[James G. Stewart is an Assistant Professor at the Faculty of Law at Allard Hall, University of British Columbia. His new article, The Turn to Corporate Criminal Liability for International Crimes: Transcending the Alien Tort Statute, can be found here.]
Professor Beth Stephens was a pioneer in thinking about corporate accountability under the Alien Tort Statute (ATS), and a guiding light for all those emerging into a scholarly field that seemed strangely tolerant of a world without accountability in the corporate realm. When economists and political scientists problematized accountability as too costly or controversial, hers was the authoritative voice reminding us that a world without accountability is perverse. Thus, it is a great honor for me that she agreed to criticize my recent contribution to our common attempt at promoting accountability where there is usually (almost) none.
To begin, I fear that Stephens may have misunderstood my central claim, for which I should take some responsibility. At different points, I get the impression that my article registered with her as a full-throated attack on the ATS and all those who worked so hard to develop it, as if I believed that the entire history of the Statute amounts to little more than a misguided blunder next to the flawless system of corporate criminal accountability for international crimes that was always waiting in plain sight to be deployed. This is far from my position, so I begin by clarifying this misunderstanding in case it has tainted her view of my argument, before addressing some of her more substantive concerns.
I am very much for the ATS, before and after Kiobel. My project is purely comparative. At the beginning of my article, I confirm as much by stating “I prefer to isolate the upsides of corporate criminal liability for international crimes relative to ATS litigation, in the hope of identifying a form of accountability that will operate in a more cohesive and principled fashion with the ATS and other mechanisms moving forward. This, in other words, is a comparison not critique of the ATS, which I view as hugely important.” Although I gesture at this position once or twice later, I suspect that I needed to weave the point into much more of my argument to avoid being misunderstood by my kin.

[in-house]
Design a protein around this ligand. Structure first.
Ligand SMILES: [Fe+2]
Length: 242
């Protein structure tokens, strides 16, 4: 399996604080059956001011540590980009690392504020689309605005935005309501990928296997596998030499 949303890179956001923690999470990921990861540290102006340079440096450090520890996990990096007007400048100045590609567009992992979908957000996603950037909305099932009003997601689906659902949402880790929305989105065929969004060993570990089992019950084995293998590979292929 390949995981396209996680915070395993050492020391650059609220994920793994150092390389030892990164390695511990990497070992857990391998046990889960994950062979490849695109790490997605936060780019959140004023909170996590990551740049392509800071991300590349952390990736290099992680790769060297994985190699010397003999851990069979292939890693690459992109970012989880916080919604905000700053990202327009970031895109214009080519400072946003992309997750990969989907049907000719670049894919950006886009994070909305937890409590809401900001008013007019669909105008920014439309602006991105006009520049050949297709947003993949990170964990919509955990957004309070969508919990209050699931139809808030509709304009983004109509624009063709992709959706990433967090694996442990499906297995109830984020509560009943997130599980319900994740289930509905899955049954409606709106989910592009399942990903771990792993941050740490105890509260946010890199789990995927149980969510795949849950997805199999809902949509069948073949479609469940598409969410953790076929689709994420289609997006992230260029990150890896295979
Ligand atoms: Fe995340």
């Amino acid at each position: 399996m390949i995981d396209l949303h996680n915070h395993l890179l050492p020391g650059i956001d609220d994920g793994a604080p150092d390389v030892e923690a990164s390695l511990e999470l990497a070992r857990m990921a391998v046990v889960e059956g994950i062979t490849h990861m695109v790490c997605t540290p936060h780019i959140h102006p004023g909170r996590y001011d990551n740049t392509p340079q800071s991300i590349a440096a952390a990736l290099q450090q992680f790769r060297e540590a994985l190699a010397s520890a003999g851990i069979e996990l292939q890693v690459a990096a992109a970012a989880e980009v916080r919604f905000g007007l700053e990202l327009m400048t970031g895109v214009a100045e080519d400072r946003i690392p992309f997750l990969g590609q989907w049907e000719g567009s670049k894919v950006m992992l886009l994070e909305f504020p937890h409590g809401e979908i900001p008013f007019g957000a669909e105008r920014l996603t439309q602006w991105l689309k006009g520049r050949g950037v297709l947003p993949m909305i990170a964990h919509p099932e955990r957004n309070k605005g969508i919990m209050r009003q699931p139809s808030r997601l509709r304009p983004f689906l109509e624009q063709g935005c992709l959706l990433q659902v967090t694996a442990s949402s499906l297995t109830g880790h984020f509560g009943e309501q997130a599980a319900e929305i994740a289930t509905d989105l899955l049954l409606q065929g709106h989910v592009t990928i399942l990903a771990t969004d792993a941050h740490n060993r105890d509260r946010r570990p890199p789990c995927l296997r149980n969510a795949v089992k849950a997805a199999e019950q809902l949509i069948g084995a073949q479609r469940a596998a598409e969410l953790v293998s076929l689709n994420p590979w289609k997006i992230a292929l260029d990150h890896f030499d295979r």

If my piece gives the impression that I view my ATS friends and colleagues as “short-sighted” in a pejorative sense, this is an unwelcome outcome I attempted to guard against in my drafting. In writing the paper, I was careful to insist that ATS scholars and practitioners “understandably” left out ideas that emanate from the criminal law. My recurrent use of the word “understandably” was intended to recognize that there was never any obvious reason that even the most brilliant experts in ATS would also be familiar with the intricacies of, say, the German theory of aiding and abetting. How could they know? If these issues bubble to the surface of these discussions now, it’s only because German theory has permeated ICL in ways that are largely unthinkable for American civil litigation. No one can see around corners.
There is a deeper insight in this history that is so crucial for questions about corporate responsibility moving forward. David Kennedy is right that we all unavoidably have our intellectual blindspots. To deal with my own, I have tried hard within the article to call repeatedly for alternative, contradictory, interdisciplinary perspectives as part of my wider campaign for greater scholarly investment in these hugely important global questions. At the same time, I have also actively sought out the frank criticism of the world’s leading scholars (in slightly different fields) who see these things differently, as this series of blogs attests. I don’t believe that any meaningful attempt at regulating something as colossal as global commerce can afford to do otherwise—there’s too much our individual disciplinary biases blind us to.
Next, Stephens argues that the “discovery” metaphor I employ to describe the recent debut of corporate criminal liability for international crimes in practice unjustifiably leaves out the valuable work of organizations like the International Commission of Jurists and the International Corporate Accountability Roundtable on these questions, but I very much see them as part of the discovery not separate from it. (more…)